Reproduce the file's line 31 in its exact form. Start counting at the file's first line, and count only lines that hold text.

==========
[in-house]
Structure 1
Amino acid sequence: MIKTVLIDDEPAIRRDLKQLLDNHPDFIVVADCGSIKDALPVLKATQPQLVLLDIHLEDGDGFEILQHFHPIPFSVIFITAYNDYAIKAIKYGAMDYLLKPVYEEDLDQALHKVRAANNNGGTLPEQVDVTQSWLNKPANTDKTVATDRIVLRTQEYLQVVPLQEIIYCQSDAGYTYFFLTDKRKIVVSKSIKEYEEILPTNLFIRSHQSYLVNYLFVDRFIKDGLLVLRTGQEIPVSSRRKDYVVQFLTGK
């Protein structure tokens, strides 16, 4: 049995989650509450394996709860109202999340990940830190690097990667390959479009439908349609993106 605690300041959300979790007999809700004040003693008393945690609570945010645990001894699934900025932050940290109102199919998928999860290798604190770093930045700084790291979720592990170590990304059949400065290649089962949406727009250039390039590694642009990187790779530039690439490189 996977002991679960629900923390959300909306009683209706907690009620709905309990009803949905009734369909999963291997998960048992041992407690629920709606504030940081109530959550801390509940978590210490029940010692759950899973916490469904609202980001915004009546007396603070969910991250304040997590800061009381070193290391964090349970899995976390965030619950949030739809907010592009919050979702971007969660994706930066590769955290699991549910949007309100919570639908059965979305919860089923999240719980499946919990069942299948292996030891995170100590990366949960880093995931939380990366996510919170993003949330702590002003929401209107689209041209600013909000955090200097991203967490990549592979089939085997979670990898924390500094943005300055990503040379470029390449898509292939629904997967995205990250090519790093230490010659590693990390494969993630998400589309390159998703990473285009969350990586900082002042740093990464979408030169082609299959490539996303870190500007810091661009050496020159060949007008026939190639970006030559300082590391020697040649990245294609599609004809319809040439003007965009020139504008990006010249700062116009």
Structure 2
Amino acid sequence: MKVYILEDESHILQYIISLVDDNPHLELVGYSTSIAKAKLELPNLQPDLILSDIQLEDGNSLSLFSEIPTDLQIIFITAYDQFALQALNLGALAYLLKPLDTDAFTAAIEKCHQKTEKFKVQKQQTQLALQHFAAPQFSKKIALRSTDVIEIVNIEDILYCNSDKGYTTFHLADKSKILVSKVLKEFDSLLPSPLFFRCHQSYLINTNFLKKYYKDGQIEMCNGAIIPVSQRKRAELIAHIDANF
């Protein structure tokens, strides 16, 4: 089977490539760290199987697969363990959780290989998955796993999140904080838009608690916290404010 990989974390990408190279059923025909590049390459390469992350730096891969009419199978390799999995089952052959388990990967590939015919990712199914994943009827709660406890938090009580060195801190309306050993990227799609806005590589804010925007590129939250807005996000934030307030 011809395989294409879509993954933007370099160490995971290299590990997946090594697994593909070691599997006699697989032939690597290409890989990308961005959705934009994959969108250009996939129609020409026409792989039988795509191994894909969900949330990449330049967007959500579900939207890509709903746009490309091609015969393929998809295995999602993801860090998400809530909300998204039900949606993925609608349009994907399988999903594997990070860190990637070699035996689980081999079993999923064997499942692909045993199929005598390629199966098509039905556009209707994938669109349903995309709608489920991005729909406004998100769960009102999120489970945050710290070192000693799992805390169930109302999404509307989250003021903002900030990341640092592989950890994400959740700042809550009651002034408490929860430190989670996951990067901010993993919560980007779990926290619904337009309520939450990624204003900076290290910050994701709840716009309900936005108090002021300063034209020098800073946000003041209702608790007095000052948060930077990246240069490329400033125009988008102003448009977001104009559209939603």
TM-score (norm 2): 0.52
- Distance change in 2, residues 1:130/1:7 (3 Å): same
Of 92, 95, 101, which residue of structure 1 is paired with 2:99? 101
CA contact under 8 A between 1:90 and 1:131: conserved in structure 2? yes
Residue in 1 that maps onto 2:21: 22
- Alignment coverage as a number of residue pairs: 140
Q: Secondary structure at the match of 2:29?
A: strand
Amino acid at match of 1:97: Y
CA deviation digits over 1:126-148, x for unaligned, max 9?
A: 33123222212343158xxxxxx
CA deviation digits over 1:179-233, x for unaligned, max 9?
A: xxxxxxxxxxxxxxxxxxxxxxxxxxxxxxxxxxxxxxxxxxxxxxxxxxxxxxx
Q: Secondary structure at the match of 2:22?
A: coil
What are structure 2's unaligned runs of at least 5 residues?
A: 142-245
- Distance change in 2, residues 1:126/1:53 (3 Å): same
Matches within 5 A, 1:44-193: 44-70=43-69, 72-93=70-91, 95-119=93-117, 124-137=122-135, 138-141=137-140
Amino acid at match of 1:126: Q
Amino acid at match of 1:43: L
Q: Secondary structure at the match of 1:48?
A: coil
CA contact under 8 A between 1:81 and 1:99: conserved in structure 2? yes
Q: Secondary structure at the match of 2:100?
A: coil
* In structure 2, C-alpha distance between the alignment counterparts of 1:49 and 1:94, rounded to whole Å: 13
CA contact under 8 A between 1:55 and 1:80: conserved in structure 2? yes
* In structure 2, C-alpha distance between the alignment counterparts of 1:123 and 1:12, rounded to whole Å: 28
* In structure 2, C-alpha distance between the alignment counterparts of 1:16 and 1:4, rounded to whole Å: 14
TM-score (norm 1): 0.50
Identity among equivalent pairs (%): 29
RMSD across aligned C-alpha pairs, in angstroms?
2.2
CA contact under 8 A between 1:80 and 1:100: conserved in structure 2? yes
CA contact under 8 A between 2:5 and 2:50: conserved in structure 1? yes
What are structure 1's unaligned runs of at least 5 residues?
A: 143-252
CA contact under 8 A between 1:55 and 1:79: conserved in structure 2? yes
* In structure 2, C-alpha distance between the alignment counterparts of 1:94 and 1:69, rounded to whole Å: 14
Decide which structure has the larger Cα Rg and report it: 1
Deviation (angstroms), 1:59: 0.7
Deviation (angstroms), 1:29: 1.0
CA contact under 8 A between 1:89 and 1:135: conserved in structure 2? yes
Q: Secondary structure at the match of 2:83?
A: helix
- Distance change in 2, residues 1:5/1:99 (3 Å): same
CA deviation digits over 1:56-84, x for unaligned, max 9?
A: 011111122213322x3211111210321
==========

CA contact under 8 A between 1:81 and 1:99: conserved in structure 2? yes